Mert didn’t stay on the farm but he was a quick learner and went on to develop skills as diverse as heavy-equipment operator, bricklayer, and fine woodworker.  In his spare time he built the beautiful cedar shake house in New Jersey in which he and his Jeanie raised their family: two sons and two daughters. Later he would build the home in which they would retire in far-away Alaska.  And all through the years he loved crafting intricate wooden replicas of trucks and trains and all sorts of machinery. And there were tougher models for the grandkids–dump trucks, Noah’s arks, animal-filled trains, tops, and tic-tac-toe boards.

There wasn’t much Dad couldn’t do, except perhaps to spell ( :  But that didn’t stop him from writing faithfully every week to his mother, all her life long.  His affection peeked through in letters to his kids away at school. He had a quirky sense of humor and his letters always made you feel dearly missed and loved.

But most of all, Mert expressed His love for others and for God by working hard.  He did whatever he did with excellence, whether building his Jeanie a beautiful hardwood hutch, or turning an old shoebox into a log cabin for a Pioneer Girl Father/Daughter social, or coming out to skate in dashing figure-8’s at a daughter’s gym time.  On behalf of us kids he tolerated dirtbikes, many dogs, and even a horse for which he built a barn and fenced two pastures. He may not have said “I love you” very often, but he tried to show it.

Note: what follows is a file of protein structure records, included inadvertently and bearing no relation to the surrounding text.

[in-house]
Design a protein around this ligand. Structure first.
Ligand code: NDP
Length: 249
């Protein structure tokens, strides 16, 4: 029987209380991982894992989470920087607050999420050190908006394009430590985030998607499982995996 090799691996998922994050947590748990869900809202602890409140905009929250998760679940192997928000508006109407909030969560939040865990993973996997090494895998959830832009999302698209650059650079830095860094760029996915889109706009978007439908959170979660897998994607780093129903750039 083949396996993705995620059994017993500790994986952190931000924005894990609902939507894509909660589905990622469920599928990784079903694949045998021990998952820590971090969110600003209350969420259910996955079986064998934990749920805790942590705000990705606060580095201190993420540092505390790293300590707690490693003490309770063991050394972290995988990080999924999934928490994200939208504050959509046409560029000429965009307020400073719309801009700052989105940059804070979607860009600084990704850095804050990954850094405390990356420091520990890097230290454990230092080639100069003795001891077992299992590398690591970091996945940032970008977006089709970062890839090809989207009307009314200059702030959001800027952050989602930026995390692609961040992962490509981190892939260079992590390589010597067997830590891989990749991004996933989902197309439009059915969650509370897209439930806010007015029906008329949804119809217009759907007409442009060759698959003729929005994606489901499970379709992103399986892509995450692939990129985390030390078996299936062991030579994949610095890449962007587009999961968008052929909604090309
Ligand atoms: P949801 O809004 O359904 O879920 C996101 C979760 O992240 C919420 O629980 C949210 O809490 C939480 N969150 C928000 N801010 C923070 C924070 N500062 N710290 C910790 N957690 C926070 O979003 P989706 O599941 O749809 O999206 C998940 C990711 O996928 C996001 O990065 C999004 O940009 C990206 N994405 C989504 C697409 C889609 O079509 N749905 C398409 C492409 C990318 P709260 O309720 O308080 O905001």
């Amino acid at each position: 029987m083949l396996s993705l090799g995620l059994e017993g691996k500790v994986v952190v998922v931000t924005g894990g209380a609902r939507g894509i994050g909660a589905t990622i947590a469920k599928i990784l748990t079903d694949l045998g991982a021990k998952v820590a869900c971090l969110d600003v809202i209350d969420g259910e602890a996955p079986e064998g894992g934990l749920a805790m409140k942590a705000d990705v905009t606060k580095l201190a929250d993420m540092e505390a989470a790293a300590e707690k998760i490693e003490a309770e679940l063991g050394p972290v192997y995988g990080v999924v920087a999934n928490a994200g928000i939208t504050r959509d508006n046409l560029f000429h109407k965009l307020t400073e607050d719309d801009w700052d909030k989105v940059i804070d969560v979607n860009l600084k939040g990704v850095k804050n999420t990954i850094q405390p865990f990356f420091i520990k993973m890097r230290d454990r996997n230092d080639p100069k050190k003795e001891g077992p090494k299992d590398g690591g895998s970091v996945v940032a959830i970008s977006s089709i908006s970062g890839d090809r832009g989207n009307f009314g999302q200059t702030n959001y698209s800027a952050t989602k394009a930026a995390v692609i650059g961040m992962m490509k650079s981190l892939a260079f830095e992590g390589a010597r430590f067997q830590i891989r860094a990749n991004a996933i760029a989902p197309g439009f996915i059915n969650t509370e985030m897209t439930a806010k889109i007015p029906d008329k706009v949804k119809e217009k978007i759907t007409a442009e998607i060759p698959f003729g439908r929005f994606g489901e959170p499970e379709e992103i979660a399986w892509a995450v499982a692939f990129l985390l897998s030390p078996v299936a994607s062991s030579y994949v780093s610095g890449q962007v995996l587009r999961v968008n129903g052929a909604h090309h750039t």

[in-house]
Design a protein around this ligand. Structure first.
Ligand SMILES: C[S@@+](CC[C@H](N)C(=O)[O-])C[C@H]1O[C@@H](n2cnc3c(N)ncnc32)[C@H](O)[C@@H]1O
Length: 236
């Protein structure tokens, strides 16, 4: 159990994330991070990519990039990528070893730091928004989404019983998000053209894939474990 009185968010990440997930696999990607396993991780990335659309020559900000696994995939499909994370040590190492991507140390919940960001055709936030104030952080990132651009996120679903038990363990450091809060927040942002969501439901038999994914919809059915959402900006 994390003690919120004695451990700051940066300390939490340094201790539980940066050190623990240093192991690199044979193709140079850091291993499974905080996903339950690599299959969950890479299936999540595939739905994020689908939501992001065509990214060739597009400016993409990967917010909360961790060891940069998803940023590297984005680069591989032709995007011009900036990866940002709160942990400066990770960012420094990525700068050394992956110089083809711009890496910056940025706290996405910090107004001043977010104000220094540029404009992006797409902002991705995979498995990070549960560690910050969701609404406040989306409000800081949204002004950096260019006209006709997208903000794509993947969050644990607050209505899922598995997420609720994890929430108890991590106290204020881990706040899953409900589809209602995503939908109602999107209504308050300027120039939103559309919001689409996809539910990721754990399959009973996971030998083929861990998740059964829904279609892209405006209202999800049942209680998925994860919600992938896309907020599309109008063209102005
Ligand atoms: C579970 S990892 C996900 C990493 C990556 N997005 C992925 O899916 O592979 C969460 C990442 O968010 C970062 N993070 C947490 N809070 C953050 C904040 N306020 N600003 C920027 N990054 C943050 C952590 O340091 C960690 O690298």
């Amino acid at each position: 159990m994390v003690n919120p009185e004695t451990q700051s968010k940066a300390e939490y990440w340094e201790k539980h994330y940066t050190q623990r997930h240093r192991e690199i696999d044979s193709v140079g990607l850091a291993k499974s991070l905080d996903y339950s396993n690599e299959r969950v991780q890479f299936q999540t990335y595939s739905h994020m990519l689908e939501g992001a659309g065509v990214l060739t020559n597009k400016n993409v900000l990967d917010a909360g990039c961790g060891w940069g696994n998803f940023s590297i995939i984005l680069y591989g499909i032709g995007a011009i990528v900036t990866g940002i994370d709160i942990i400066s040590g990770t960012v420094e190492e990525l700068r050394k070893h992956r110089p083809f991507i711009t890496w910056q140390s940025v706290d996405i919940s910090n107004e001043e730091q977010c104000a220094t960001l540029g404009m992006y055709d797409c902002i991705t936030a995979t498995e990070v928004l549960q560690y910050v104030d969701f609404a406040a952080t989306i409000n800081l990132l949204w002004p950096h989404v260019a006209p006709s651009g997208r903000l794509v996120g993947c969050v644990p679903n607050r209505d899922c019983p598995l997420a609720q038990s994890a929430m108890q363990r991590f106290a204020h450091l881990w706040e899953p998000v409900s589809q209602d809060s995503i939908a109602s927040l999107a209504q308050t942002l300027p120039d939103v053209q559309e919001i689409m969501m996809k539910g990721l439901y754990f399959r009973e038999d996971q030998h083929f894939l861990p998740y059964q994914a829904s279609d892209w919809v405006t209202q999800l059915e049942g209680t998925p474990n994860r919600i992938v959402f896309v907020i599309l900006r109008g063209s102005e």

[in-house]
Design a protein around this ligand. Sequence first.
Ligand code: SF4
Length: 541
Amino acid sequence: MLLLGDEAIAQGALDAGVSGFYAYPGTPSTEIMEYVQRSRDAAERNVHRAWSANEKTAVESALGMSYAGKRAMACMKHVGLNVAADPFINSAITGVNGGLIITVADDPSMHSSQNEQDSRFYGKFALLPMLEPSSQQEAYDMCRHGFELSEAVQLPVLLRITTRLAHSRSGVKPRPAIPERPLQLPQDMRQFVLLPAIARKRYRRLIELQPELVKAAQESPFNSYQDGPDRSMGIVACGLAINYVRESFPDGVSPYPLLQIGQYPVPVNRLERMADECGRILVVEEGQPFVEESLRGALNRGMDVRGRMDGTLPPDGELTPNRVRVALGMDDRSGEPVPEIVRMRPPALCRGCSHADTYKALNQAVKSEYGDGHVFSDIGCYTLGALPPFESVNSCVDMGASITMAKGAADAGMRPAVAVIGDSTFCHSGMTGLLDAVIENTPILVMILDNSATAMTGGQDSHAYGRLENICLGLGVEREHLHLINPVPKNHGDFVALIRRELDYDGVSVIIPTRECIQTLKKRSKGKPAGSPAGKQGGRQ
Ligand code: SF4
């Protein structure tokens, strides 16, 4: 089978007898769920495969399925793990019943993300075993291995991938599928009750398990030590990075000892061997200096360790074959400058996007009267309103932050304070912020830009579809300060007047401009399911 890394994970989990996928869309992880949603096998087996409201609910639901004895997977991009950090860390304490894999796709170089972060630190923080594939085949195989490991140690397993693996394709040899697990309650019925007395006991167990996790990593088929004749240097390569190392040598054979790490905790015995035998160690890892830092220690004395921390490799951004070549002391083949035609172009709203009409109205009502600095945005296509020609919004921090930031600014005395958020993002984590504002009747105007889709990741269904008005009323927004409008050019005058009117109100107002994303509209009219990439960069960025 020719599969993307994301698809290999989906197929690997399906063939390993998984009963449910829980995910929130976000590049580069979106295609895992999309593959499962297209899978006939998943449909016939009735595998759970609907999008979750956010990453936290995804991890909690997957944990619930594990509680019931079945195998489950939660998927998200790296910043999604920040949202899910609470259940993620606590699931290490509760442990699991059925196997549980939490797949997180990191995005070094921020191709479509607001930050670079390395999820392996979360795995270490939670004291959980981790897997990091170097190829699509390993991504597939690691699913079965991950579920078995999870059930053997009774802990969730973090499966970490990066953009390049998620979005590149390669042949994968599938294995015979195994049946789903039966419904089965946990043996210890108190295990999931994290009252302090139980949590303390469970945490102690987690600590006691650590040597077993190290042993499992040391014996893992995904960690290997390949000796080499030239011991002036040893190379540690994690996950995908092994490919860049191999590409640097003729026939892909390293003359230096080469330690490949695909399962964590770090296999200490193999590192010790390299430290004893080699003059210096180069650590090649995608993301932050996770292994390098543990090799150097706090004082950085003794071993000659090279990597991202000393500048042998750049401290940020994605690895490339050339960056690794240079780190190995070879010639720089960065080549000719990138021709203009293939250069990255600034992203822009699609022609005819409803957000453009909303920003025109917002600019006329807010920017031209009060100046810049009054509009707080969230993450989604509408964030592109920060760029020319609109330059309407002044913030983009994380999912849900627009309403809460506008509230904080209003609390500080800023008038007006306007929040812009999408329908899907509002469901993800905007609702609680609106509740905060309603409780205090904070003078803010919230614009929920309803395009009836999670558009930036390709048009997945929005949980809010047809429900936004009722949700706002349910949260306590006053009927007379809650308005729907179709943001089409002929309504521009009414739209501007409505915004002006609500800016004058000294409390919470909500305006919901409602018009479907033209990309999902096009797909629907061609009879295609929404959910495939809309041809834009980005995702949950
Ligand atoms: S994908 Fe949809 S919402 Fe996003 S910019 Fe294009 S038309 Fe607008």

Mert was a man of integrity.  He followed through with what he said and he had an unflinching demand that his kids always tell the truth.  Sometimes he was mistaken and there were relational hurts he didn’t know how to fix. The intricacies of relationship were not his forte but he poured his life energies into doing what he could with what he had.  He never made much money and was always frugal with what he had. He worked for the prize of a job well done and the love of serving others.